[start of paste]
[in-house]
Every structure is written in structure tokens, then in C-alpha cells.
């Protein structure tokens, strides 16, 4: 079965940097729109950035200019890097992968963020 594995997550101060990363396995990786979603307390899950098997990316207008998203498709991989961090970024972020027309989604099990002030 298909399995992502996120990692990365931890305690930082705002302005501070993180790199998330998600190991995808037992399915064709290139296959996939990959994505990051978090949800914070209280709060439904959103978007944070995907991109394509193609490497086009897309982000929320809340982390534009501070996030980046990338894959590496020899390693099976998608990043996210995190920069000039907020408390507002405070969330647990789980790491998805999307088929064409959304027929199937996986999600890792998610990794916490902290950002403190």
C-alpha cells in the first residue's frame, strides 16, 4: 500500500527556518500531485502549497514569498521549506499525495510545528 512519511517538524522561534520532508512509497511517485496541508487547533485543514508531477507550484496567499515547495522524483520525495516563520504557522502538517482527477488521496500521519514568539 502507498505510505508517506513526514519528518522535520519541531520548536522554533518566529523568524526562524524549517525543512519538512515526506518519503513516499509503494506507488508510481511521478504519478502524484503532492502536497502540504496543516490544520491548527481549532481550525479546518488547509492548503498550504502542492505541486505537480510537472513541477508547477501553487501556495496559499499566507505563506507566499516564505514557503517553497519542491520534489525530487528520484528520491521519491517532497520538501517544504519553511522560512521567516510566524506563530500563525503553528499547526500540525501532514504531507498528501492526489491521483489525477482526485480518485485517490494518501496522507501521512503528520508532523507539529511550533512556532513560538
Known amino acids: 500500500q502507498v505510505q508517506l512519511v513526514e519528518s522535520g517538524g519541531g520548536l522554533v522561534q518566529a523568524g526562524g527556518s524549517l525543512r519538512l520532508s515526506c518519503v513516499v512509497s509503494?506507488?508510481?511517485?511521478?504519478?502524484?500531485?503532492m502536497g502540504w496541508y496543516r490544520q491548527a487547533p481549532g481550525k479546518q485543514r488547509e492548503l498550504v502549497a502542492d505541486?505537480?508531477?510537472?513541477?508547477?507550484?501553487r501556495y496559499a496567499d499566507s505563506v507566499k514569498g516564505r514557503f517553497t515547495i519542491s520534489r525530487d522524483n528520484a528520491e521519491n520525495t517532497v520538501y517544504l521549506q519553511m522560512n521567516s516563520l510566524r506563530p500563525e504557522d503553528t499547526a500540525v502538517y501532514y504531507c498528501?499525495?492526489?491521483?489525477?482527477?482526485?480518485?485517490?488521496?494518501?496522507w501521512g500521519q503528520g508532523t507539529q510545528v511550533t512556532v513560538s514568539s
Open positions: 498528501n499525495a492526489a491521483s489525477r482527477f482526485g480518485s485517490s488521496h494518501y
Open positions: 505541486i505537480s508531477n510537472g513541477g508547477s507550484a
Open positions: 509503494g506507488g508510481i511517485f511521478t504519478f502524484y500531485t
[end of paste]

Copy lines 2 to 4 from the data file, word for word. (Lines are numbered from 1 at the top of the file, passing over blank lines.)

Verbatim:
Every structure is written in structure tokens, then in C-alpha cells.
């Protein structure tokens, strides 16, 4: 079965940097729109950035200019890097992968963020 594995997550101060990363396995990786979603307390899950098997990316207008998203498709991989961090970024972020027309989604099990002030 298909399995992502996120990692990365931890305690930082705002302005501070993180790199998330998600190991995808037992399915064709290139296959996939990959994505990051978090949800914070209280709060439904959103978007944070995907991109394509193609490497086009897309982000929320809340982390534009501070996030980046990338894959590496020899390693099976998608990043996210995190920069000039907020408390507002405070969330647990789980790491998805999307088929064409959304027929199937996986999600890792998610990794916490902290950002403190």
C-alpha cells in the first residue's frame, strides 16, 4: 500500500527556518500531485502549497514569498521549506499525495510545528 512519511517538524522561534520532508512509497511517485496541508487547533485543514508531477507550484496567499515547495522524483520525495516563520504557522502538517482527477488521496500521519514568539 502507498505510505508517506513526514519528518522535520519541531520548536522554533518566529523568524526562524524549517525543512519538512515526506518519503513516499509503494506507488508510481511521478504519478502524484503532492502536497502540504496543516490544520491548527481549532481550525479546518488547509492548503498550504502542492505541486505537480510537472513541477508547477501553487501556495496559499499566507505563506507566499516564505514557503517553497519542491520534489525530487528520484528520491521519491517532497520538501517544504519553511522560512521567516510566524506563530500563525503553528499547526500540525501532514504531507498528501492526489491521483489525477482526485480518485485517490494518501496522507501521512503528520508532523507539529511550533512556532513560538